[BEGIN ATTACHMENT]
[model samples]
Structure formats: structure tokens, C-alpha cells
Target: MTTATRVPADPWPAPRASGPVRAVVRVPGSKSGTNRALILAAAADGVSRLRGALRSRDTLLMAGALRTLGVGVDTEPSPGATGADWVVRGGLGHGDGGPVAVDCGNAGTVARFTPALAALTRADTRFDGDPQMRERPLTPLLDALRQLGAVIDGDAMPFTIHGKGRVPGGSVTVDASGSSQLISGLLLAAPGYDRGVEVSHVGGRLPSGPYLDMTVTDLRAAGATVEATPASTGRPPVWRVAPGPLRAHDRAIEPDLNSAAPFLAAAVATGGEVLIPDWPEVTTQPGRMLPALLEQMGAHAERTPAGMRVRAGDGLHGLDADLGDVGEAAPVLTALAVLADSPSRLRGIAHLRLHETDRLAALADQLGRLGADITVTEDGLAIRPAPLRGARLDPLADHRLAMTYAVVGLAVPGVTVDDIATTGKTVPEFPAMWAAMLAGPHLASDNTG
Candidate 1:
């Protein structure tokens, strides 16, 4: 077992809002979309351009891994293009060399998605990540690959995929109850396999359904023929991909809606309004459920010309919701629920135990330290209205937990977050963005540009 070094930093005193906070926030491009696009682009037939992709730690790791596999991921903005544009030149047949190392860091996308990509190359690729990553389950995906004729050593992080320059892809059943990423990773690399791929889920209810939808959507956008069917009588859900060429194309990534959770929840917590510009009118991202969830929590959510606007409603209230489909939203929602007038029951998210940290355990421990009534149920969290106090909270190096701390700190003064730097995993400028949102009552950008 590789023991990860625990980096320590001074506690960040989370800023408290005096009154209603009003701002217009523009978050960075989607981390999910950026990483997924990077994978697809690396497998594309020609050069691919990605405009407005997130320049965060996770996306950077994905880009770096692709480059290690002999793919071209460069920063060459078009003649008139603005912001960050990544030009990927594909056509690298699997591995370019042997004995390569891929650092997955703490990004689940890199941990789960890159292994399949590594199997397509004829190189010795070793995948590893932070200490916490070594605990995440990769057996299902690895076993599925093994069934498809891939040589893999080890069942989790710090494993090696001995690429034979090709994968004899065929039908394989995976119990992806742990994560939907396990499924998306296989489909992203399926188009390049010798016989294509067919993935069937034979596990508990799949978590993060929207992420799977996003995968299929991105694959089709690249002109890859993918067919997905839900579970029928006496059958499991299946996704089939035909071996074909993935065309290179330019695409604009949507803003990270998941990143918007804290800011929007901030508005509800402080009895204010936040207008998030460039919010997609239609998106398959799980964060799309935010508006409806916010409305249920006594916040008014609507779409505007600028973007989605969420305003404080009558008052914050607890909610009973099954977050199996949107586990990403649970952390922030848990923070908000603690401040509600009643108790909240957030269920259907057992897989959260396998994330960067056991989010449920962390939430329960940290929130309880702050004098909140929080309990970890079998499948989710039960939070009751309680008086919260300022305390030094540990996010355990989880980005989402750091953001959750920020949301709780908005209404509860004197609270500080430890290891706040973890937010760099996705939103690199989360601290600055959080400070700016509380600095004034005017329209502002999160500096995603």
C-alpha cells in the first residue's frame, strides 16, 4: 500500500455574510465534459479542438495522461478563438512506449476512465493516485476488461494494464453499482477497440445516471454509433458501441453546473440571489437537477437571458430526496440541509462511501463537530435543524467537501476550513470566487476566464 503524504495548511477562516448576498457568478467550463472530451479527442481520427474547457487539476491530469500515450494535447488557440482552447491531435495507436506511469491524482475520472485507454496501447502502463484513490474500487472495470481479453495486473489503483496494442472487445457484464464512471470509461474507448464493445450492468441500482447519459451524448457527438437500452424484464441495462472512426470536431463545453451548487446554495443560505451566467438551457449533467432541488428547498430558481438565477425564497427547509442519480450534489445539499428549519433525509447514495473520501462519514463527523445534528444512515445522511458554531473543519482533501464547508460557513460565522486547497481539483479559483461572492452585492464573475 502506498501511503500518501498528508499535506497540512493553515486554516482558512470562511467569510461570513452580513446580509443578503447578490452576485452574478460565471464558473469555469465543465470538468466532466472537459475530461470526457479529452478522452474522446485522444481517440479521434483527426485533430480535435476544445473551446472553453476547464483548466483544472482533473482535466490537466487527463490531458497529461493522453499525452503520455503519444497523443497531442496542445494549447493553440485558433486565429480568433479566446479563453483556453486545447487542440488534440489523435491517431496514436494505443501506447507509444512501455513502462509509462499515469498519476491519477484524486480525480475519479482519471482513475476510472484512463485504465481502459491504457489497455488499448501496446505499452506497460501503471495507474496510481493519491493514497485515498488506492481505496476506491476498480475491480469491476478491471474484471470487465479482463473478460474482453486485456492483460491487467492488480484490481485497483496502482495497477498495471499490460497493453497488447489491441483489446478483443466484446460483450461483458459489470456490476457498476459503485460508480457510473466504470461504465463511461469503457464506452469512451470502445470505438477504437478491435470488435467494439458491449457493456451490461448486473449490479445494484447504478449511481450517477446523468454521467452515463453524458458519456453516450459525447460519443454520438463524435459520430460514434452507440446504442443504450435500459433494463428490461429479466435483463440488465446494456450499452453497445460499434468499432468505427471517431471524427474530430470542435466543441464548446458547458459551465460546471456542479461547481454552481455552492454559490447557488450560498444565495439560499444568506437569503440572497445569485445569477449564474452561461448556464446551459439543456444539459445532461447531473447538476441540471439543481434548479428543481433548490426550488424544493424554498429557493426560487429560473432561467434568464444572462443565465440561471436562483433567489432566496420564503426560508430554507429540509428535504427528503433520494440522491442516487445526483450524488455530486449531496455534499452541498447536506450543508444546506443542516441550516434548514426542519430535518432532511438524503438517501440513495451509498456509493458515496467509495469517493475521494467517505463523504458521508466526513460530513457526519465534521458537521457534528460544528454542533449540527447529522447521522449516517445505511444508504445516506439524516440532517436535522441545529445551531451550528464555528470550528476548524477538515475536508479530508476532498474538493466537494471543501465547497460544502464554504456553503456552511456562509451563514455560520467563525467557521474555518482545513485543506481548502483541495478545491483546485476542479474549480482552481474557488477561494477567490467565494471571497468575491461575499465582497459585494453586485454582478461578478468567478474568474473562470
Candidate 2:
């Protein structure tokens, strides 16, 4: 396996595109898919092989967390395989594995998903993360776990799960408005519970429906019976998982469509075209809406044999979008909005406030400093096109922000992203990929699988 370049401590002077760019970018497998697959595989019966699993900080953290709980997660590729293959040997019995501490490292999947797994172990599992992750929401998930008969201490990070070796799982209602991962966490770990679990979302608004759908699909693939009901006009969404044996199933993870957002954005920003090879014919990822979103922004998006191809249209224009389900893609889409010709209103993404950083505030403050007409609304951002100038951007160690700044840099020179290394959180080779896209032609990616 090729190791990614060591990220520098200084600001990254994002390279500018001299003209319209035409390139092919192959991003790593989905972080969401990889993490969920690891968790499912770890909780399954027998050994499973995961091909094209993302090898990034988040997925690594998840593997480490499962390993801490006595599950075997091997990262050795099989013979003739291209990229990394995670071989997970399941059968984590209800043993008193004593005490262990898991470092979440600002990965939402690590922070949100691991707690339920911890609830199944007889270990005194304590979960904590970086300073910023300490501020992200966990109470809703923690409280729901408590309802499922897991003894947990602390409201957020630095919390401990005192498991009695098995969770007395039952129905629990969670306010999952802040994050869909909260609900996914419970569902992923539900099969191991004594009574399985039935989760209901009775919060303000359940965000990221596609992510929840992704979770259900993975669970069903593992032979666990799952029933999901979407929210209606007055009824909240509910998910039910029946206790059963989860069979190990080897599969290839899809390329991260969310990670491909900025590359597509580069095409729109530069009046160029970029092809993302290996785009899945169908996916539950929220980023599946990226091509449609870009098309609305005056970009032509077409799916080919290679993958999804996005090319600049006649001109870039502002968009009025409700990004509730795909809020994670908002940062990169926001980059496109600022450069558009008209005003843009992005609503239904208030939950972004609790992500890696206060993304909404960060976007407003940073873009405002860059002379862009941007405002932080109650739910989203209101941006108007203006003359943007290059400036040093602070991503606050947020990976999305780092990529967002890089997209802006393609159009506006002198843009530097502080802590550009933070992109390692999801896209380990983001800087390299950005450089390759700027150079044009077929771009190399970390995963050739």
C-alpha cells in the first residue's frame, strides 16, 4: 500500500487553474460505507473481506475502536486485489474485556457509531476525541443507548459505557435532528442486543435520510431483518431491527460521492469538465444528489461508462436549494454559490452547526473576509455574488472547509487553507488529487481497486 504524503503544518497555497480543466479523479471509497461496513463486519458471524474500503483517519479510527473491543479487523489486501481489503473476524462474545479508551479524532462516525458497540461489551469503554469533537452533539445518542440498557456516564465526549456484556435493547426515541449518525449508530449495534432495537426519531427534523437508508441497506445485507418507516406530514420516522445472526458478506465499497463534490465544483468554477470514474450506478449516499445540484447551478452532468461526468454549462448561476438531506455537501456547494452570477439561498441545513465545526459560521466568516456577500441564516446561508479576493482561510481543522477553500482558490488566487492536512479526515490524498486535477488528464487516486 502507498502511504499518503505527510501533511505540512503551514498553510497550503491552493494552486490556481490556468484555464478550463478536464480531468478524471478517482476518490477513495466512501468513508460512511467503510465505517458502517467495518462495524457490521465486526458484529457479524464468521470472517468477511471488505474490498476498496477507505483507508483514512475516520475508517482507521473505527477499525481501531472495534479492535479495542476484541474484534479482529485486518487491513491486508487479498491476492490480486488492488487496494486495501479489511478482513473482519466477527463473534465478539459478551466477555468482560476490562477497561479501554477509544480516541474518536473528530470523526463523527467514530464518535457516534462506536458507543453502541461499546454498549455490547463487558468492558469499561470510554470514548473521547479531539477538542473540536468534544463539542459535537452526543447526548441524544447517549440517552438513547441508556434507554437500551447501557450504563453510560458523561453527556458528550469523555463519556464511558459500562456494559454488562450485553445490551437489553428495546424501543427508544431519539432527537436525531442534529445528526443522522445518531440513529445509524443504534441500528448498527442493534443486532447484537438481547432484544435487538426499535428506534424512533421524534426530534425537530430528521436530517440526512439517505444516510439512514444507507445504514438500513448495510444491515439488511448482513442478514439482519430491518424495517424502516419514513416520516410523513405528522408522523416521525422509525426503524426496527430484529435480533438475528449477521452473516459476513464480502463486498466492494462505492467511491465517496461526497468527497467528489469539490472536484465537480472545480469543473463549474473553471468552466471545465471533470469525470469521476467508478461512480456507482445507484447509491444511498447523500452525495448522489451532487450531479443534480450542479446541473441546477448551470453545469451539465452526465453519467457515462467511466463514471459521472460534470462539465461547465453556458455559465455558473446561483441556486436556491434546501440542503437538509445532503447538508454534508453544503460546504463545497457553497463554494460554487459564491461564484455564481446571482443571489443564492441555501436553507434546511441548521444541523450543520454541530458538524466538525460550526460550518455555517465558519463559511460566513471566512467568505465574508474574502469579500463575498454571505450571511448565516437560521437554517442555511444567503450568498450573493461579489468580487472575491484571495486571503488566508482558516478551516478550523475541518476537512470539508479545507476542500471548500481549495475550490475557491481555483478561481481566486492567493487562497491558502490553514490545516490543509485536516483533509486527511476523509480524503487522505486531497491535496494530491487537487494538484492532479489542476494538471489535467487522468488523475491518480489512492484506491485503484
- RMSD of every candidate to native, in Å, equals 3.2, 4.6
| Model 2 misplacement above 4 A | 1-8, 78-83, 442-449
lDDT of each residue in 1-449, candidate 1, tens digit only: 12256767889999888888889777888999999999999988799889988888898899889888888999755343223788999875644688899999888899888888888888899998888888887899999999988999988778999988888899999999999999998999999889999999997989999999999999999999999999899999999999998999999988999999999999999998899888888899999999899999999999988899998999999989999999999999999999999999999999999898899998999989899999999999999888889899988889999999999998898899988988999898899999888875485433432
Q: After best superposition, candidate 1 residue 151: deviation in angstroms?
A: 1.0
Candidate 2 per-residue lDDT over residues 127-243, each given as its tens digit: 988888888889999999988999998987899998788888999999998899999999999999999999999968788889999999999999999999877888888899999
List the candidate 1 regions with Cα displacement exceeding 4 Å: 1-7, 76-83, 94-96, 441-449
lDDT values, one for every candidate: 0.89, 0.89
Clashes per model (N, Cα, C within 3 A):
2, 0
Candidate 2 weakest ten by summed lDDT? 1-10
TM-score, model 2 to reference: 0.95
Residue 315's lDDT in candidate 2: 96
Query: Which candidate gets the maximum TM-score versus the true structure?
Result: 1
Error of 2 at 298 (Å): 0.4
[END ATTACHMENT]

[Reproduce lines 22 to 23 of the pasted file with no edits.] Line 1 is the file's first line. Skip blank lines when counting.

Residue 315's lDDT in candidate 2: 96
Query: Which candidate gets the maximum TM-score versus the true structure?